Bill Would Hold Executives of Deceptive For-Profit Colleges Accountable for Student Debts

October 02, 2015

A federal bill introduced this week aims to protect students from deceptive practices by for-profit colleges.

The Students Before Profits Act of 2015 would ensure students have access to important and accurate information, strengthen oversight and regulation, and holds schools, and their executives accountable for violations and poor performance.

The bill was introduced this week by Democratic U.S. Senators Dick Durbin, Chris Murphy, Elizabeth Warren and Sherrod Brown, many of whom have previously come out against the high cost of higher education.

The vast majority of students enroll in nonprofit public or private school. For-profit colleges, like University of Phoenix and the now-defunct Corinthian College only enroll 10 percent of all postsecondary students, but account for 44 percent of all student loan defaults.

When the Consumer Financial Protection Bureau (CFPB) sued Corinthian Colleges in September 2014 it estimated that between July 2011 and March 2014 about 130,000 student loans had an outstanding balance in excess of $569 million. About 60 percent of students defaulted on these high interest loans when promises of better skills and job placement never panned out.

After Corinthian closed its doors, its new owners forgave $480 million in student loan debt owed to the college and the U.S. Department of education forgave $40 million in publically-backed loans. Thousands of students, however, are still waiting to have their forgiveness applications processed.

Taxpayers are currently on the hook for those forgiven loans, but the bill would make college executives share the risk. The bill gives the Department of Education broader discretion to hold owners and executives personally liable for finances losses associated with Title IV funds.

In a statement, Durbin said,

When one of these schools collapses under the weight of its own wrongdoing, as was the case with Corinthian, students are displaced, taxpayers are left on the hook and company executives scatter to the winds. Well, this bill would change that. Among other things, it would make executives – like Corinthian CEO Jack Massamino who made more than $3 million a year – personally liable for the taxpayer losses they create by taking advantage of students. This will bring real fairness to students who have been victimized and to taxpayers who have been fleeced by bad acting for-profit colleges.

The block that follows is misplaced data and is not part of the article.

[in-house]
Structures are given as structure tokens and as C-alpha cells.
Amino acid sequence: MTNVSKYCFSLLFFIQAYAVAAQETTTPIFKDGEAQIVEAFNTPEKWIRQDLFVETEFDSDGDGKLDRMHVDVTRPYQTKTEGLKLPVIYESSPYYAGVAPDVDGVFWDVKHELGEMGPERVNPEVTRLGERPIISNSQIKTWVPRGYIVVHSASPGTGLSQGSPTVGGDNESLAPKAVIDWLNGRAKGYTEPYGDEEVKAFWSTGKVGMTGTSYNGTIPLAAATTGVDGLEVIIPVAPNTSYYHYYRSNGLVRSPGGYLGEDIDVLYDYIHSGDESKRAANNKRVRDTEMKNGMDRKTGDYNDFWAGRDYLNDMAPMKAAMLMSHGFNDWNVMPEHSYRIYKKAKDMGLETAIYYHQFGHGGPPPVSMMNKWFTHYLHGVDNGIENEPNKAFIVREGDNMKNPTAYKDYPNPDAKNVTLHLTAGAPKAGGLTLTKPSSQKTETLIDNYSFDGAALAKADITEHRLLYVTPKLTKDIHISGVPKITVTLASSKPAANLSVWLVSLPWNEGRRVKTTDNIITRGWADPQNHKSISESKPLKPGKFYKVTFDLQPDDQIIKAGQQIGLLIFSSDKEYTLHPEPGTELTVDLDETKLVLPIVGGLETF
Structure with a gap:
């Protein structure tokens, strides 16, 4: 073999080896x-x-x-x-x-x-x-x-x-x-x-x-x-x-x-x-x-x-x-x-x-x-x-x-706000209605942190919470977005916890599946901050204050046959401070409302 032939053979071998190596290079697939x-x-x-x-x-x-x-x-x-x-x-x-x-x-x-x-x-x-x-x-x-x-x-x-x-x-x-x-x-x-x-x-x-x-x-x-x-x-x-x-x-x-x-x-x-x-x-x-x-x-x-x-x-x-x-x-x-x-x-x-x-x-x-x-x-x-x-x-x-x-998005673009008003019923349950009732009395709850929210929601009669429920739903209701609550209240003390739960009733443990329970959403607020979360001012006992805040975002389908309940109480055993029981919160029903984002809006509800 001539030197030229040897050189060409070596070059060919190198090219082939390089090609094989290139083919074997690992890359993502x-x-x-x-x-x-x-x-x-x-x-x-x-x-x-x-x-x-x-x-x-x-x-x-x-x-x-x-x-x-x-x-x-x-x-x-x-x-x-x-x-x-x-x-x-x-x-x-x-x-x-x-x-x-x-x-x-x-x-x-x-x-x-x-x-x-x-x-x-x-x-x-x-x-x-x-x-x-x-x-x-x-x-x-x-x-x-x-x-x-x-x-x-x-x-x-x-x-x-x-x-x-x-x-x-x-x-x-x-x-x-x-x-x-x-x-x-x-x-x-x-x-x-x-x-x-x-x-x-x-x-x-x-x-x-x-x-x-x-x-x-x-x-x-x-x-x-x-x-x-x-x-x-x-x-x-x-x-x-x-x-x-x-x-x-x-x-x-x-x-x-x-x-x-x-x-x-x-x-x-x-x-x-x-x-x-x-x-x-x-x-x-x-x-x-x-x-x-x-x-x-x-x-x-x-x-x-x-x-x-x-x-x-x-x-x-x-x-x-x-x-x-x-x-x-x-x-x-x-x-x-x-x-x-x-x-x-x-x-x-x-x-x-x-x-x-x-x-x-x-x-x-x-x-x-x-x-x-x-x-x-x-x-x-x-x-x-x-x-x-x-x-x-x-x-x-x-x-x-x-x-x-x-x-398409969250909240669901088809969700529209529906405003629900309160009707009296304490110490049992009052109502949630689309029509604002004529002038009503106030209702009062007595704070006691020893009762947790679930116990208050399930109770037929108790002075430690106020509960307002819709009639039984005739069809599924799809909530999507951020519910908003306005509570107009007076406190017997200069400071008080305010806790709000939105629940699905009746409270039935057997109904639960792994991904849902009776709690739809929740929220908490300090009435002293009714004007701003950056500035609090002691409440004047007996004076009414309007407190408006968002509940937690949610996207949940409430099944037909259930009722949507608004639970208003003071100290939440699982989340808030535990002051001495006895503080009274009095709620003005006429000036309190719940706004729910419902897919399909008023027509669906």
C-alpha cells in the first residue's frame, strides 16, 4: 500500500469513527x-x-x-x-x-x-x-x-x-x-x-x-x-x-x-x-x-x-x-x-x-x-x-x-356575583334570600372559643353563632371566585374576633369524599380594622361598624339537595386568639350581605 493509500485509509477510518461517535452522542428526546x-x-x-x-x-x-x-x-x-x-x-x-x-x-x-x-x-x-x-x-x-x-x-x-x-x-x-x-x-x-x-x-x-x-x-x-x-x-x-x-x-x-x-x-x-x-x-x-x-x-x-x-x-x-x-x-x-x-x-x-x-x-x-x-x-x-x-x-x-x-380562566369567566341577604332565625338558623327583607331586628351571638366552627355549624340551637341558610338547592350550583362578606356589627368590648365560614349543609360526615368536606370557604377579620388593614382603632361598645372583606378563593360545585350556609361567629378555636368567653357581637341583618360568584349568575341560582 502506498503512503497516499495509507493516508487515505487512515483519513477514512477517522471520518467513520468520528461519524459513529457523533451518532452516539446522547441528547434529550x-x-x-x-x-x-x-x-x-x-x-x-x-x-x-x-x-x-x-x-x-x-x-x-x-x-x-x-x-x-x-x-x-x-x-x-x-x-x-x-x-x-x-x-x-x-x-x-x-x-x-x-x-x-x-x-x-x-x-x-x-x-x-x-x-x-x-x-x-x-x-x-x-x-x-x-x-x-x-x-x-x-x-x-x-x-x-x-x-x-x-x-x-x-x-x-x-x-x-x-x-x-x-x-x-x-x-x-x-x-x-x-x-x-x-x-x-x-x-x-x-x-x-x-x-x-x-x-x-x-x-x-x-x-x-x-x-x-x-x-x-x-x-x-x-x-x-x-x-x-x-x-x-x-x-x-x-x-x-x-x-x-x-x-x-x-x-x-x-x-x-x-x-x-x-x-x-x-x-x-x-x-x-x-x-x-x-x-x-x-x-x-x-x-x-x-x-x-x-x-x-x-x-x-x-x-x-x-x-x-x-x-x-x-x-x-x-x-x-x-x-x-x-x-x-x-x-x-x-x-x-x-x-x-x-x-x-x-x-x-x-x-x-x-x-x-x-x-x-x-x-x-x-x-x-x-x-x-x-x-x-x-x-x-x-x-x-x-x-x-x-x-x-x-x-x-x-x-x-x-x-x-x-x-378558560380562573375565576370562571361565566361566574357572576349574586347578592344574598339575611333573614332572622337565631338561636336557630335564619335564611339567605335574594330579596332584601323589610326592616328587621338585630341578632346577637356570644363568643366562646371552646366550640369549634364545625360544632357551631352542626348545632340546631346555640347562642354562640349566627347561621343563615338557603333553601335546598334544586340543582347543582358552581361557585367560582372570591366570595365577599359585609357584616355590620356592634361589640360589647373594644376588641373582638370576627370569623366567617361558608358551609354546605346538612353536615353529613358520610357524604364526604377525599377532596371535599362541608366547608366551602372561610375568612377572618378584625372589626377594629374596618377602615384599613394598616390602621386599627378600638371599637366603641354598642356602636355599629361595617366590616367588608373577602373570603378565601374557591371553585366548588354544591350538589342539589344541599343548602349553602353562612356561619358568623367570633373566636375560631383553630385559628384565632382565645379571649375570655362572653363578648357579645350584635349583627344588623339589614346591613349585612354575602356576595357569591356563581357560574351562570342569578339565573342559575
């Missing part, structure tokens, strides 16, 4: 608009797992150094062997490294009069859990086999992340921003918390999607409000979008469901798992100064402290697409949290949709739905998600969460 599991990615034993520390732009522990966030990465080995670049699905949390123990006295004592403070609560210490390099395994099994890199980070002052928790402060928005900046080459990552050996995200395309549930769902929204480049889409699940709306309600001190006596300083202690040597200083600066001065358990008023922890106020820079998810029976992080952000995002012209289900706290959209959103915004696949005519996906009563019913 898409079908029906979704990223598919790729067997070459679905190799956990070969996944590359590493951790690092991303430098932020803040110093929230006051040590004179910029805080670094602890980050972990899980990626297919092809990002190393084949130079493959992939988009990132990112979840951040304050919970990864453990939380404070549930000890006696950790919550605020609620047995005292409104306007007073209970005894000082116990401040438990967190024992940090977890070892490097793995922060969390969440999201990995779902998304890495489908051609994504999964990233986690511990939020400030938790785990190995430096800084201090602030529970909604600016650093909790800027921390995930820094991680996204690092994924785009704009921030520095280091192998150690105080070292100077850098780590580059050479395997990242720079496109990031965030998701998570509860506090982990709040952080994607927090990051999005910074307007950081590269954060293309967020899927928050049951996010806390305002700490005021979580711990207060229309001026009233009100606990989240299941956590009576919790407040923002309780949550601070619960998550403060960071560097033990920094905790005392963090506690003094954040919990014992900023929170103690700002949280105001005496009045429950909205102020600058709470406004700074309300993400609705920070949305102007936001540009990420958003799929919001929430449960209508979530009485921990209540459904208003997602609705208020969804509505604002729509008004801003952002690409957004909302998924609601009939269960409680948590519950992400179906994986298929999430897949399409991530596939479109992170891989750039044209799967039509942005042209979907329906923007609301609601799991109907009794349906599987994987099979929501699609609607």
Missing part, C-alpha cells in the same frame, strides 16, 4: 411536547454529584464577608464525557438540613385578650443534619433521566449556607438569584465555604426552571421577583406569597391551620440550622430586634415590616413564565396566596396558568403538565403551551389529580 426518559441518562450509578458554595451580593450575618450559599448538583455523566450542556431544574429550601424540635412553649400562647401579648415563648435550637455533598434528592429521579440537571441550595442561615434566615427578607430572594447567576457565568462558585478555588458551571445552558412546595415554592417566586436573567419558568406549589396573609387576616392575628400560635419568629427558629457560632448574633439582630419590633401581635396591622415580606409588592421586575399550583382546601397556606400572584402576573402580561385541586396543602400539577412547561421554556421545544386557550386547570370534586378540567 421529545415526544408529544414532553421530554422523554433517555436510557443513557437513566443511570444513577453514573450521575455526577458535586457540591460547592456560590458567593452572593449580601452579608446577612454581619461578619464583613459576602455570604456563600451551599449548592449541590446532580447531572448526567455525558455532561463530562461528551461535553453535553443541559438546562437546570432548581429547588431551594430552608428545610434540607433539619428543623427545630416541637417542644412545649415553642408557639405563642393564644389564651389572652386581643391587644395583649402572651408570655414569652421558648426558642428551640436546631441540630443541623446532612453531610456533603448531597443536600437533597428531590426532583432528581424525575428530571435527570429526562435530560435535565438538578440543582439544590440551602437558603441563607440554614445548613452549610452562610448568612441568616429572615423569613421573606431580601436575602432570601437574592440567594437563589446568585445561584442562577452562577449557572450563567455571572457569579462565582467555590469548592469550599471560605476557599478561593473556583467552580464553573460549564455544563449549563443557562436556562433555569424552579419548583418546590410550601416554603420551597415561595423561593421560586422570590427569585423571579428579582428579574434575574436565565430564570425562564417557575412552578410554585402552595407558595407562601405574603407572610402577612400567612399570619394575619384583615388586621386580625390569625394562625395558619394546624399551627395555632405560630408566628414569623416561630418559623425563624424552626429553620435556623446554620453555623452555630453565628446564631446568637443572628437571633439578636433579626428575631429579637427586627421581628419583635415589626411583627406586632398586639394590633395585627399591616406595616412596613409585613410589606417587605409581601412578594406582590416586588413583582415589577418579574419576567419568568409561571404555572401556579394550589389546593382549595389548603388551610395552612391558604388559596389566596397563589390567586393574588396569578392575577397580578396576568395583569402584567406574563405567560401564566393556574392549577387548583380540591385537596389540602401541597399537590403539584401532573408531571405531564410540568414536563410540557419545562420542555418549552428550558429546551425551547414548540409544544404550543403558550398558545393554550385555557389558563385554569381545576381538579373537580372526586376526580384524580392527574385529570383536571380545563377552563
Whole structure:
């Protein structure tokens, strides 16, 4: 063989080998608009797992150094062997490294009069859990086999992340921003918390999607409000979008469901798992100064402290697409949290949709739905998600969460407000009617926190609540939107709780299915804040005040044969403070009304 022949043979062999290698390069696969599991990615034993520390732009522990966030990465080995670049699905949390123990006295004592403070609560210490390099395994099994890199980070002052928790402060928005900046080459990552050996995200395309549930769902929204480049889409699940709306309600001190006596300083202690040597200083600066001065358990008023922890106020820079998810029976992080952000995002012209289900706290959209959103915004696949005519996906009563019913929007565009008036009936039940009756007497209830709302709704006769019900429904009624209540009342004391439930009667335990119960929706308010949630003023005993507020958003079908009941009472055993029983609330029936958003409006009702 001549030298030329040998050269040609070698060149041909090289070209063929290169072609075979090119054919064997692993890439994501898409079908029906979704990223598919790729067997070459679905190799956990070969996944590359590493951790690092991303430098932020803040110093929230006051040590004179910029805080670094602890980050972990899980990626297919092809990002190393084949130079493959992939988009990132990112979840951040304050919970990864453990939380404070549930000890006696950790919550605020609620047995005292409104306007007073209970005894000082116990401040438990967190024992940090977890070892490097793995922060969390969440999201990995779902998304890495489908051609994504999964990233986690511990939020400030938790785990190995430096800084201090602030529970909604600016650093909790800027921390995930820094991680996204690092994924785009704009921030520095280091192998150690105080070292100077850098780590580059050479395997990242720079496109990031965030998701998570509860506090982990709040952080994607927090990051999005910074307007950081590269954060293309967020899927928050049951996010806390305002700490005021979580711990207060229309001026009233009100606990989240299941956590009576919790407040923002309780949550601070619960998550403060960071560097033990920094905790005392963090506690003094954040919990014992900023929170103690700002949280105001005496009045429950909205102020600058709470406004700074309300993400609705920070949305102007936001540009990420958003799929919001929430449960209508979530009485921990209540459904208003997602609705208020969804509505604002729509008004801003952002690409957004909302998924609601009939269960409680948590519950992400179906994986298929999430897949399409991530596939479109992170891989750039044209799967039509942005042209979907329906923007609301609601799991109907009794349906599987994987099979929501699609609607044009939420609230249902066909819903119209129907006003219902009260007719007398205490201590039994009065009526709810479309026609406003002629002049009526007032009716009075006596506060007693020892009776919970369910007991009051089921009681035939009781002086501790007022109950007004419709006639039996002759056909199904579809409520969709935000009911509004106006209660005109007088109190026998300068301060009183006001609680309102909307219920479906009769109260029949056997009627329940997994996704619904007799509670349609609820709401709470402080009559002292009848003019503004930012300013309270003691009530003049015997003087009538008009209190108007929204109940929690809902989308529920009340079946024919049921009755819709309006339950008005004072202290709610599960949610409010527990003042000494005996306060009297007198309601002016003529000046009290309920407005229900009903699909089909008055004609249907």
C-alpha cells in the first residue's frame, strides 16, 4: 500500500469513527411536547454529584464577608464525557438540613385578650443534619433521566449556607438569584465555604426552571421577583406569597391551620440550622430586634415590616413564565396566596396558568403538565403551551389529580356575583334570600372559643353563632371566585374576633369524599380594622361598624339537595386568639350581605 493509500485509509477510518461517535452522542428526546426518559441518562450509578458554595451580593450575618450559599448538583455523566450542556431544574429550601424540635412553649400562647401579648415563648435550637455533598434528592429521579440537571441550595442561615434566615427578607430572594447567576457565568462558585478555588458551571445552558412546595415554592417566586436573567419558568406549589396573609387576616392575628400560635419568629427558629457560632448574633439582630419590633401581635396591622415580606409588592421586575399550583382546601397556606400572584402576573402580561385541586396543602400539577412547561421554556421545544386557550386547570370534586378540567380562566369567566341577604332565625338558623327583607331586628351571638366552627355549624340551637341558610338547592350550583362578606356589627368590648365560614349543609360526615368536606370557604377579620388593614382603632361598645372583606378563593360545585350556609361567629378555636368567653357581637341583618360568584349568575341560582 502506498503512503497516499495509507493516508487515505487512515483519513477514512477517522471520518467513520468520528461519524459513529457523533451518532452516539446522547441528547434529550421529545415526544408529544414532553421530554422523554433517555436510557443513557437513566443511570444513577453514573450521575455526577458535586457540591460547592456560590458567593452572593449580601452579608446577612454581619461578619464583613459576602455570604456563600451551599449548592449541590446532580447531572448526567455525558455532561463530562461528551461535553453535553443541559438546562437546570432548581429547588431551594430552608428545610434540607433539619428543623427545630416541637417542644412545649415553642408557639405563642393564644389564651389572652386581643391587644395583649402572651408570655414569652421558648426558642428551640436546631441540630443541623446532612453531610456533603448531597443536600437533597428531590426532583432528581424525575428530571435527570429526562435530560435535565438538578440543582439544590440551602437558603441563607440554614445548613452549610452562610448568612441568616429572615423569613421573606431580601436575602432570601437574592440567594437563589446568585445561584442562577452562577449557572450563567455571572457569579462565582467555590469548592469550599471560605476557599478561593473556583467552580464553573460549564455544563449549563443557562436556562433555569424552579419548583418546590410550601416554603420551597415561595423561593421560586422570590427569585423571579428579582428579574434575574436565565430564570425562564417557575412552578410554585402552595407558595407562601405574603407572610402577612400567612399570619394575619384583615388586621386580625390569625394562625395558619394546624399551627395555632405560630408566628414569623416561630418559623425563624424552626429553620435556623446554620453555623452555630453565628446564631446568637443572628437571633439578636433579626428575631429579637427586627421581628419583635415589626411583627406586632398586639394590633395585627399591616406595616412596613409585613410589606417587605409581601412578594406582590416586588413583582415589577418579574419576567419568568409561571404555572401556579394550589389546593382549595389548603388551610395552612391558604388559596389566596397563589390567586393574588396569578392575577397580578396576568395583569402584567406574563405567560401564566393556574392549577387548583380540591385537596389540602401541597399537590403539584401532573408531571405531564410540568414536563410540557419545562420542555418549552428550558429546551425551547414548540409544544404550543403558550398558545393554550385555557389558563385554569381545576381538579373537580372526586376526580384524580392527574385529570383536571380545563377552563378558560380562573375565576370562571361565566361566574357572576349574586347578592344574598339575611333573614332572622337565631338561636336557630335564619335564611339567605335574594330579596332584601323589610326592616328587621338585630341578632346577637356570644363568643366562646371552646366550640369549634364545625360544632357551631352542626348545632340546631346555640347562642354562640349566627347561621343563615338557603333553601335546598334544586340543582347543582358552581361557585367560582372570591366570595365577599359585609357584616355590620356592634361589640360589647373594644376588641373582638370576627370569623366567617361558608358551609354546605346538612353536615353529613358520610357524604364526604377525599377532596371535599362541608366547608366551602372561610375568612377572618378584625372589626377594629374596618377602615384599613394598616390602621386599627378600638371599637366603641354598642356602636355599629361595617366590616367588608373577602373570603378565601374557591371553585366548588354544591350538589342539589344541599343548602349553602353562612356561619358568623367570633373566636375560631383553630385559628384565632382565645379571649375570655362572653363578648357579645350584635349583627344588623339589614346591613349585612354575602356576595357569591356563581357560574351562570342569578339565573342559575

To handle default rate manipulations, the bill would require the Secretary of Education to use corrected data to recalculate student default rates to determine if a college should be disqualified from participating in financial aid programs.

The bill also authorizes enhanced civil penalties on intuitions and their executive officers if it is determined that the school misrepresented its cost, admission requirements, completion rates, employment prospects, or default rates. Penalties would be used to start a relief fund for defrauded students.

The bill would also keep bad apples from returning to the education business. Board members and executive officers whose intuitions saw federal enforcement actions would be prohibited from serving in leadership positions at another college.

A release from Durbin's office says that a Senate HELP Committee investigation found that, on average, for-profit colleges allocate only 17 percent of their revenue to academic instruction. Twenty-three percent is allocated for recruiting and marketing, and 19 percent is profit.

For-profit colleges, like University of Phoenix, have been under heavy scrutiny lately, especially for their handling of public funds. University of Phoenix has received the most taxpayer funds through the post Sept. 11 GI Bill.

The Center for Investigative Reporting writes that with traditional marketing along with sponsoring events for service members, University of Phoenix took in $345 million in GI Bill funding to educate about 50,000 veterans last year. Since 2009, the school took in $1.2 billion.

University of Phoenix came under fire for spending $154.4 million to secure naming rights on a football stadium.

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